Hazard Communication

An effective HAZCOM program can make a difference in the quality of life of the employee. OSHA mandates that every worker must know about all of the hazards of each chemical in the workplace, or on the jobsite.

The first step in establishing an effective HAZCOM program is to take inventory of all chemicals, solvents, and solutions that employees use. This means all chemicals that we work with, from WD-40 to PVC cement, must be documented. All chemical labels shall be present and clear to read and understand. All chemical SDS sheets must be compiled and stored in an area that is easily accessible to employees. A common way of doing this is to have a binder of SDS sheets set out in a common place of the facility.  Another way to store the SDS sheets is to download digital files on a network.  The SDS sheets need to be in the new GHS format.  OSHA requires that all employees are trained on the new GHS standard before July 2016.

The GHS standard requires that a chemical inventory must be kept and maintained.  A designated employee shall be named to be in charge of the program and oversee that it is maintained and followed. This program should name a system for new chemicals coming into the facility that need SDS information found for them. Training of employees must be outlined within this program. Training includes identification of risk of exposure, proper handling and storage, proper PPE, fire fighting measures and what to do in case of a spill. All chemical containers, both bulk storage and portable containers for ease of use, must be labeled with the contents and exposure hazards for the chemicals they hold.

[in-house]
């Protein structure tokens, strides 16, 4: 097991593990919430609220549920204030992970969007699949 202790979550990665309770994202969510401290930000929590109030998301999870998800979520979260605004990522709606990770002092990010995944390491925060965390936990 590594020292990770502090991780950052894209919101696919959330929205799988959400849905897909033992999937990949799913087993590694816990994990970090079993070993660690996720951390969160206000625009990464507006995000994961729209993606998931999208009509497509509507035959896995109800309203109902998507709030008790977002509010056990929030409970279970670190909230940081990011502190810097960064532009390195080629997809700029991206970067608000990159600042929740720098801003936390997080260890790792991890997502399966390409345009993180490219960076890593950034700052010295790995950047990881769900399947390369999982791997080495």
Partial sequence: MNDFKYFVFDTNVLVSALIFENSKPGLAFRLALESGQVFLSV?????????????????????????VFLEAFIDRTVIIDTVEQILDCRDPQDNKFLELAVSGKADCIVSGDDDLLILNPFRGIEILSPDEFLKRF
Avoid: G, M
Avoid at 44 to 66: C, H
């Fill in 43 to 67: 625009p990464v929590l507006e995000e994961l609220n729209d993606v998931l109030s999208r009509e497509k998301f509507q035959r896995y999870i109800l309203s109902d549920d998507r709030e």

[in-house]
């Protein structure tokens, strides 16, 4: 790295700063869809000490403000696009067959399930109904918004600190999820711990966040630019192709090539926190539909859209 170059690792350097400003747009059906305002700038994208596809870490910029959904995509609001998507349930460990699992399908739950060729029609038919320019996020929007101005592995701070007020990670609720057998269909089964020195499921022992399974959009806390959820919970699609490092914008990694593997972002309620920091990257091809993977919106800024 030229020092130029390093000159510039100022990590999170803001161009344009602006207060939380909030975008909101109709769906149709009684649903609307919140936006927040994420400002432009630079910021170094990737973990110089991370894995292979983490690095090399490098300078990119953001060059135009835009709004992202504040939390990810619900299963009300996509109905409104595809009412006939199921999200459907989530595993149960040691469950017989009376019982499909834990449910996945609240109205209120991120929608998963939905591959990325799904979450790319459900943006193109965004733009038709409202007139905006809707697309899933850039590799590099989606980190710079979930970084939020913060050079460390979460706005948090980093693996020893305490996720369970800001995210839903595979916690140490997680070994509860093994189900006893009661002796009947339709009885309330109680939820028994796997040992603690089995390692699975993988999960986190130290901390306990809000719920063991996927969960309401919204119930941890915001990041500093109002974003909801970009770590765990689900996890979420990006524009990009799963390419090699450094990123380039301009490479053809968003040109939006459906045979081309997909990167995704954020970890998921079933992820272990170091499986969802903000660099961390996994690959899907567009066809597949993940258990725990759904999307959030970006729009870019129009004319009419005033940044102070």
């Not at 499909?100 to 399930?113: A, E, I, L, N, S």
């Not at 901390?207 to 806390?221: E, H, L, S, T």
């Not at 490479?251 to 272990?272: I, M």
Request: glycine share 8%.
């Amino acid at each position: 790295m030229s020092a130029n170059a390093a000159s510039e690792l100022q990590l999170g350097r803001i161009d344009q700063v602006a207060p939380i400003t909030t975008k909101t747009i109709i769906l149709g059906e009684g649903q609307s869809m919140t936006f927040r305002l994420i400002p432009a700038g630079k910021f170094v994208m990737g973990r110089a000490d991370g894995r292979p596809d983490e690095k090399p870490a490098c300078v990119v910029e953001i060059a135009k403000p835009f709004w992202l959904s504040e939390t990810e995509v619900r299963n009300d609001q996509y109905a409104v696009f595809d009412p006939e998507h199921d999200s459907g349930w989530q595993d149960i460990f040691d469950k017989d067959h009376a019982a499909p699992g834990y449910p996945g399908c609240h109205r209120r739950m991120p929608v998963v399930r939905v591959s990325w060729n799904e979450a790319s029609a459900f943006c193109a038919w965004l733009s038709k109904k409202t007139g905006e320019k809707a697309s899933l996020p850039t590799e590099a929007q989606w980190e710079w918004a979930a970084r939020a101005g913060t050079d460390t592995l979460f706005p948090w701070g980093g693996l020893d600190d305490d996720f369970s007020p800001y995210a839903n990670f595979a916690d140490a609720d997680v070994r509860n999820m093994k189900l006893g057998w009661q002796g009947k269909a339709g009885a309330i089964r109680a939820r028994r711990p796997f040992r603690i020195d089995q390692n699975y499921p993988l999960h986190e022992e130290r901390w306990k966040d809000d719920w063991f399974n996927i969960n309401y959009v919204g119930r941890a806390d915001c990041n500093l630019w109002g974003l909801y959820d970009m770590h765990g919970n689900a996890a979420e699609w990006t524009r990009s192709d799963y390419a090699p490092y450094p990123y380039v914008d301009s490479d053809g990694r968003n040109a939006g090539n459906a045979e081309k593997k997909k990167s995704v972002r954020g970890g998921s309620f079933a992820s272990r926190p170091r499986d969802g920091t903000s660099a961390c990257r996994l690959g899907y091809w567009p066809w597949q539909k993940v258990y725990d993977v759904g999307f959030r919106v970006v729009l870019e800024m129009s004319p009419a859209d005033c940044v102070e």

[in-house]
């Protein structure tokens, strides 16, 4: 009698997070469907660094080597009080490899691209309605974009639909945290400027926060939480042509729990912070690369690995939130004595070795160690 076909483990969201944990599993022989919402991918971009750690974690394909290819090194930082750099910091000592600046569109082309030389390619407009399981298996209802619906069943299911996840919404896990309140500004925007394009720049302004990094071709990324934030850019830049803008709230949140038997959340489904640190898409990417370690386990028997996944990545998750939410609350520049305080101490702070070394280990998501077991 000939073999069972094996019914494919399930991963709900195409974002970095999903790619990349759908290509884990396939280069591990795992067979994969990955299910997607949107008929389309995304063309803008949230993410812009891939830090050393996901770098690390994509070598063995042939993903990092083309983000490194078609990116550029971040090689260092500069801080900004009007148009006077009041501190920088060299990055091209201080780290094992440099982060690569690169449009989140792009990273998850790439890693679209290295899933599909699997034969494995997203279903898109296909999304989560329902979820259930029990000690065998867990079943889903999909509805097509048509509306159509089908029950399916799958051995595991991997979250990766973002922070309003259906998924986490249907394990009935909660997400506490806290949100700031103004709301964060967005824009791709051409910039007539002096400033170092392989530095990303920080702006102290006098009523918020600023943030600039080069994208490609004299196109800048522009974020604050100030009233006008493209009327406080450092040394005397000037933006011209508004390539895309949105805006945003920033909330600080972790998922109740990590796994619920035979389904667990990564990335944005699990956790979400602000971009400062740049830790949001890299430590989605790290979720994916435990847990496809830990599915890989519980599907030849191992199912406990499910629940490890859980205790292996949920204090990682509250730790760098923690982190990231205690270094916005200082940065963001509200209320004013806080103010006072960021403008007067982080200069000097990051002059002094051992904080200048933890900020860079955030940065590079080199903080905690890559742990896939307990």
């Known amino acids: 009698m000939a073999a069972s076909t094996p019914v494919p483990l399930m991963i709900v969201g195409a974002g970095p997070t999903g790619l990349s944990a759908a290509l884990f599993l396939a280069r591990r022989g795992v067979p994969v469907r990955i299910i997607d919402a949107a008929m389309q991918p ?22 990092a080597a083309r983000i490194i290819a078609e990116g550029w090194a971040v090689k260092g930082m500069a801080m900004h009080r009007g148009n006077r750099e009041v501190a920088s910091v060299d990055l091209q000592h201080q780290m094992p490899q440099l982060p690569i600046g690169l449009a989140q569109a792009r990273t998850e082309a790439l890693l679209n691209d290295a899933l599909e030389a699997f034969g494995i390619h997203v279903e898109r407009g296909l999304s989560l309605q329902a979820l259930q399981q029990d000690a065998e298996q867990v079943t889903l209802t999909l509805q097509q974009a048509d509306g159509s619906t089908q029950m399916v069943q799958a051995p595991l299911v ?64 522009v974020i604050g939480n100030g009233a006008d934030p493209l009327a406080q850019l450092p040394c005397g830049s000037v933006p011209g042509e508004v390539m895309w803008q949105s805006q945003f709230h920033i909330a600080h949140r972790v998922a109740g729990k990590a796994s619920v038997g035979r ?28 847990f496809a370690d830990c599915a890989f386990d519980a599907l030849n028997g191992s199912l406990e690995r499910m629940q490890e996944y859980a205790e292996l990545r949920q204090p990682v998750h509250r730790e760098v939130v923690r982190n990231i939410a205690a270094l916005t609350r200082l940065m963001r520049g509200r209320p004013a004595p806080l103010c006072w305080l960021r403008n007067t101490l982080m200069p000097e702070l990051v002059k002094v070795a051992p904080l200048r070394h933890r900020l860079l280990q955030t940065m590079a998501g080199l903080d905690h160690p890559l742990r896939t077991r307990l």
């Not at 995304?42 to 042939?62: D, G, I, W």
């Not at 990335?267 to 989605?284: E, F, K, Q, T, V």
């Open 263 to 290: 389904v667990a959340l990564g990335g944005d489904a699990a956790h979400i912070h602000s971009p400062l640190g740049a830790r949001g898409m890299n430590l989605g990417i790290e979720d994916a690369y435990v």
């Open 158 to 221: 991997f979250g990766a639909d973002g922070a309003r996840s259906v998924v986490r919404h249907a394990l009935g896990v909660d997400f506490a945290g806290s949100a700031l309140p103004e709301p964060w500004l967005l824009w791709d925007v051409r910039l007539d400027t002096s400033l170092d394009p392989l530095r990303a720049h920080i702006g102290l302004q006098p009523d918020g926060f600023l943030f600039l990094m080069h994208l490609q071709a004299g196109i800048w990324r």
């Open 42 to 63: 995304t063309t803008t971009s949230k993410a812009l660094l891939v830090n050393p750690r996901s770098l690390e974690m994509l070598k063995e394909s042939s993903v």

An effective HAZCOM program can help eliminate employee exposure to hazardous chemicals.  Training and awareness are critical in protecting employees from workplace accidents caused by chemicals. Can anyone contribute a time that hazard communication was involved in your work?   Can anyone recall a near miss or accident that could’ve been prevented?